Objectives: The aim of this study was to assess whether diurnal cortisol rhythm and cortisol stress reactivity were associated with functional constipation and abdominal pain in infancy. Patients and Methods: This study was embedded in a subset of the Generation R Study, a prospective cohort study from fetal life onward in Rotterdam, the Netherlands. Data of infants between 14 and 24 months of age (N=483) were used. Salivary cortisol diurnal rhythm and salivary cortisol stress reactivity after a Strange Situation Procedure were assessed at age 14 months. Data on functional constipation were available according to the Rome II criteria, and data on abdominal pain on the basis of the Abdominal Pain Index were available from questionnaire data at 24 months. Results: In the second year of life, 13% of the infants had functional constipation and 17% had abdominal pain. Only 4% had symptoms of both functional constipation and abdominal pain. Diurnal cortisol rhythm did not differ significantly between children with and children without functional constipation and abdominal pain. Cortisol stress reactivity was slightly higher in infants with abdominal pain than in those without it, but this was not statistically significant (odds ratio 1.41; 95% confidence interval 0.46-4.31). No association was found between the cortisol stress reactivity and functional constipation. Conclusions: Our results suggest that cortisol as a marker for stress does not play a major role in functional constipation or abdominal pain in infancy. Copyright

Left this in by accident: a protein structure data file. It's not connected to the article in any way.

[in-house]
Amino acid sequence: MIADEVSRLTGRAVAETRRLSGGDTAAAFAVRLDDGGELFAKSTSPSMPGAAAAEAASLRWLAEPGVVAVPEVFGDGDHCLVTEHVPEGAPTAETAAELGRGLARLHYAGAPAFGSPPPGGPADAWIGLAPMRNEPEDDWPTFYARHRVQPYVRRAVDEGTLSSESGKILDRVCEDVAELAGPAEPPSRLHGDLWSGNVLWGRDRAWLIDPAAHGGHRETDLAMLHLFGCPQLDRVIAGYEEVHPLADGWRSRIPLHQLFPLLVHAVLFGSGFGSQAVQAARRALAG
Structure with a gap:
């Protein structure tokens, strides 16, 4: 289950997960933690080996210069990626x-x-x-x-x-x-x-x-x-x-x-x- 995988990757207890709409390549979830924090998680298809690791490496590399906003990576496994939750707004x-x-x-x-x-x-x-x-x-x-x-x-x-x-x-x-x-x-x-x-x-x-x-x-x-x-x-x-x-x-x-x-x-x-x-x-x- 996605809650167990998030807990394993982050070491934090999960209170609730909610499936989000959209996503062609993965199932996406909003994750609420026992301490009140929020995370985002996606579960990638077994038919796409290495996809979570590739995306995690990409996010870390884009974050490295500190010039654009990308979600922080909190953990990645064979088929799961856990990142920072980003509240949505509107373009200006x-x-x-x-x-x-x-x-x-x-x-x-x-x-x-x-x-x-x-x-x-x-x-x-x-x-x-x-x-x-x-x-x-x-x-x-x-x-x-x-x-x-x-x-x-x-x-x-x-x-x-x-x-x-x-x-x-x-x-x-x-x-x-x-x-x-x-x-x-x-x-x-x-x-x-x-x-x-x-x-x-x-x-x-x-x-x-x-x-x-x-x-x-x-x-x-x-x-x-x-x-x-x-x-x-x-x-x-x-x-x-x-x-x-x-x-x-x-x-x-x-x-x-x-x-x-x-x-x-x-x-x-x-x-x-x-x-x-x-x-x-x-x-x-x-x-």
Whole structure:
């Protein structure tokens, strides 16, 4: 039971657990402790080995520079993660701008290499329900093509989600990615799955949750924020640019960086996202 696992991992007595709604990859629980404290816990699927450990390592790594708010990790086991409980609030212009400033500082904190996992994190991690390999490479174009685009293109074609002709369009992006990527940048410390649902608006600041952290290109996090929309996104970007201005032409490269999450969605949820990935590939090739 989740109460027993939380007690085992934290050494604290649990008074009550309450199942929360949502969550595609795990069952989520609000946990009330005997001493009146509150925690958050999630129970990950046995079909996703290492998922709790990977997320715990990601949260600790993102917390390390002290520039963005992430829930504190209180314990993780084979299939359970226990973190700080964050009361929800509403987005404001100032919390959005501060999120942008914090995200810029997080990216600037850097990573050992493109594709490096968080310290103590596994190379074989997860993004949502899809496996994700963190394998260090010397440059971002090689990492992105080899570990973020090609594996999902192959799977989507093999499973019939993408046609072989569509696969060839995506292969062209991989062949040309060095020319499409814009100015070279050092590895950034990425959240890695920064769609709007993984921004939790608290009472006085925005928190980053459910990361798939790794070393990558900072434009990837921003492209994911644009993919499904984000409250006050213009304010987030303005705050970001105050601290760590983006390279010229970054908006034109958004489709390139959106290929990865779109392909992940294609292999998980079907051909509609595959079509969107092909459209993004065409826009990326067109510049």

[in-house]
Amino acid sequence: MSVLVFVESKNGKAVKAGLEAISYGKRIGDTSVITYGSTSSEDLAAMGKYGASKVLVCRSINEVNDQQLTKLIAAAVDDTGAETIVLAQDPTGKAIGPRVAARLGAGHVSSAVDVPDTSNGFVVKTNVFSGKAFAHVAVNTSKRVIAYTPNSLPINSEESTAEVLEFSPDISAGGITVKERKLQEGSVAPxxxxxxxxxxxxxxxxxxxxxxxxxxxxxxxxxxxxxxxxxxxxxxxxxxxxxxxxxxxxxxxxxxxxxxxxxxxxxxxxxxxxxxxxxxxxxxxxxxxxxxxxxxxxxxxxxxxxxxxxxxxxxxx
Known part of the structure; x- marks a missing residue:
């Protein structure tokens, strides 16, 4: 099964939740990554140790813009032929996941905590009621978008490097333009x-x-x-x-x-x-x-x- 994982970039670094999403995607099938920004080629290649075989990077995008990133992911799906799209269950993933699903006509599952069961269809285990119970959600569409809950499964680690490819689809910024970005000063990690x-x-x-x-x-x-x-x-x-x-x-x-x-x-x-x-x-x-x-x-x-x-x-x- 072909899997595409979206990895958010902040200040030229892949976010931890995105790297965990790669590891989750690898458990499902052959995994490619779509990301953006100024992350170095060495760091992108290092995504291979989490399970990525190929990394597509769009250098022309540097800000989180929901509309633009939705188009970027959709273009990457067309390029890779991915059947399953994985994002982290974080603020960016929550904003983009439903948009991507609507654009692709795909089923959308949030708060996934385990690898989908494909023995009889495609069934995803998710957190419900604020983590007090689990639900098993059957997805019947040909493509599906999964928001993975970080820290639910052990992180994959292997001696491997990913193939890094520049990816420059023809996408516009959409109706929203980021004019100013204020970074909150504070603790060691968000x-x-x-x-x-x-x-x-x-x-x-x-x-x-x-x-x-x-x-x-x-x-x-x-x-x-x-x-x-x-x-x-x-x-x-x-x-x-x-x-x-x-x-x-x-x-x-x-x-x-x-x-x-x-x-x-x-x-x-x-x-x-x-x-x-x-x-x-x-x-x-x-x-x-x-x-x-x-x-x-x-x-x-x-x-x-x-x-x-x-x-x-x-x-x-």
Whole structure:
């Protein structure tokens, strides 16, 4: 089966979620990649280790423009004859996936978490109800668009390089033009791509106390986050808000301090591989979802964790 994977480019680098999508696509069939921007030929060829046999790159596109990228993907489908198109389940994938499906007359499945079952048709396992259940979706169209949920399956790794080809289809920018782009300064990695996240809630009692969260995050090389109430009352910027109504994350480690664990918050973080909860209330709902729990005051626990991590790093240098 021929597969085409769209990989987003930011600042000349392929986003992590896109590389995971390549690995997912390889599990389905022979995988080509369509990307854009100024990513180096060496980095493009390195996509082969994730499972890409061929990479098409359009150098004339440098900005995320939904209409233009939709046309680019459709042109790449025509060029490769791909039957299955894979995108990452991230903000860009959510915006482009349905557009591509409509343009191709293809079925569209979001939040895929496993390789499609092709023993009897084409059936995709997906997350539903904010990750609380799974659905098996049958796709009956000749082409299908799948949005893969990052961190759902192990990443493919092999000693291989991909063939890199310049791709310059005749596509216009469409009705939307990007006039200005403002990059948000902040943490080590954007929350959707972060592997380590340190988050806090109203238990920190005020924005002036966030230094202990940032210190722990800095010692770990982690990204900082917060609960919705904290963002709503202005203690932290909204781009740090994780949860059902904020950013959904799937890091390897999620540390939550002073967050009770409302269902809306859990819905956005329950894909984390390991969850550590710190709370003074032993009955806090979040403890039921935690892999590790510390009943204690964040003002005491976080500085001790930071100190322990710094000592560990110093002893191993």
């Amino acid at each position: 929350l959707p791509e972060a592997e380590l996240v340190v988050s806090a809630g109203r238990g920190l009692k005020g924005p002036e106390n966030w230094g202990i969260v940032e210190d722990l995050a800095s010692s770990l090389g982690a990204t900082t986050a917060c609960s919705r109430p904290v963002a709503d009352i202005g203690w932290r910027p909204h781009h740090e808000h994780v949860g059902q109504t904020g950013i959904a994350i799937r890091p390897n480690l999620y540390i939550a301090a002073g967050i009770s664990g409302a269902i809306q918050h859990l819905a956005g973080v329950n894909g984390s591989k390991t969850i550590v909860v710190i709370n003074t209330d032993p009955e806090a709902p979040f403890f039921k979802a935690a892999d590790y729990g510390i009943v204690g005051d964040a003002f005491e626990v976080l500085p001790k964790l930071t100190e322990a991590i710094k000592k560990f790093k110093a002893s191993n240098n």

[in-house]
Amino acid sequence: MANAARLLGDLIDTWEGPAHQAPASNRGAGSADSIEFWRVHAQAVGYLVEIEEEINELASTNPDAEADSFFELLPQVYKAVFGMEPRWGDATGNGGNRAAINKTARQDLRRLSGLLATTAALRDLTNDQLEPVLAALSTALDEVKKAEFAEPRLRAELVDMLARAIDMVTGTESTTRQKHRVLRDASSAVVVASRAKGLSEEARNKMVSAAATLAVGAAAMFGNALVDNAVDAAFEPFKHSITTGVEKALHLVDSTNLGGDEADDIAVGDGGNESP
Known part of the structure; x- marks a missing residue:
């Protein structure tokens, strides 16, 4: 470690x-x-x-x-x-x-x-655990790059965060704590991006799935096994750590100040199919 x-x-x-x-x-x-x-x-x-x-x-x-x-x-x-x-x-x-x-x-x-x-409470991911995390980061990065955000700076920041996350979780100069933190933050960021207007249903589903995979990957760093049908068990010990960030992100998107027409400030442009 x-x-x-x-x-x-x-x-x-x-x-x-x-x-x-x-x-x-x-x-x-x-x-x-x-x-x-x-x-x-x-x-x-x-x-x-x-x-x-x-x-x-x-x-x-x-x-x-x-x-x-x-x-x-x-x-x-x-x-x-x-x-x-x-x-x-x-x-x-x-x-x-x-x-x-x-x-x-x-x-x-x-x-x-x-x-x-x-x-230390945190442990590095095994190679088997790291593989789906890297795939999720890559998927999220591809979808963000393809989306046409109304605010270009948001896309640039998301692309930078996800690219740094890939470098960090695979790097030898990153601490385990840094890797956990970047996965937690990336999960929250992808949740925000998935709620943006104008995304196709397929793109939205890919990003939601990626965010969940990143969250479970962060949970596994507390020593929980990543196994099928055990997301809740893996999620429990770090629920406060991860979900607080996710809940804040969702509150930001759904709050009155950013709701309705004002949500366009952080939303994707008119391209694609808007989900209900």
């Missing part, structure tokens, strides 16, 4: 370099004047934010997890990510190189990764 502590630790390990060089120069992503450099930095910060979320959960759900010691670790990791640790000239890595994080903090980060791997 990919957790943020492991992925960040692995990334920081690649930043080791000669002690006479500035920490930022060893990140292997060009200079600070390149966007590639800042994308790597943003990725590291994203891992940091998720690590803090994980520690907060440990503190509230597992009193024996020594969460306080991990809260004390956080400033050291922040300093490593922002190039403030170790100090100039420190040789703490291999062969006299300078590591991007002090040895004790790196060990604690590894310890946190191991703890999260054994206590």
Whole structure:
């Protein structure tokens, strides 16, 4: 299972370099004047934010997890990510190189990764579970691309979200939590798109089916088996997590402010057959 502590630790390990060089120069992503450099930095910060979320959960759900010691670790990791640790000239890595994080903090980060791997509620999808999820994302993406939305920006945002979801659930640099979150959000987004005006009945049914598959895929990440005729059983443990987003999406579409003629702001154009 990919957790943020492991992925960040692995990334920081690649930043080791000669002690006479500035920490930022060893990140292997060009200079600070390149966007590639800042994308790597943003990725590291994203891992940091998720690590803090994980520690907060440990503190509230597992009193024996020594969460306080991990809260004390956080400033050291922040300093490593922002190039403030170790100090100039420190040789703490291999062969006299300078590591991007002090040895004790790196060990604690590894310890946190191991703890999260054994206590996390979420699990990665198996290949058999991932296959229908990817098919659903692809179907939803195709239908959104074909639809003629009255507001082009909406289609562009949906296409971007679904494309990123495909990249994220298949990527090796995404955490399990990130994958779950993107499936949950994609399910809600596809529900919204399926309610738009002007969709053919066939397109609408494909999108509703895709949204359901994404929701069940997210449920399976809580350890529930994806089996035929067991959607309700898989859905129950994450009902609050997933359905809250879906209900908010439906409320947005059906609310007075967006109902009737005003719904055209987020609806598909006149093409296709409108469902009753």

Additional Metadata
Keywords abdominal pain, constipation, cortisol, hypothalamic-pituitary-adrenal axis, infancy
Persistent URL dx.doi.org/10.1097/MPG.0b013e31821e73cf, hdl.handle.net/1765/101503
Journal Journal of Pediatric Gastroenterology and Nutrition
Citation
Kiefte-de Jong, J.C, Saridjan, N.S, Escher, J.C, Jaddoe, V.W.V, Hofman, A, Tiemeier, H.W, & Moll, H.A. (2011). Cortisol diurnal rhythm and stress reactivity in constipation and abdominal pain: The generation R study. Journal of Pediatric Gastroenterology and Nutrition, 53(4), 394–400. doi:10.1097/MPG.0b013e31821e73cf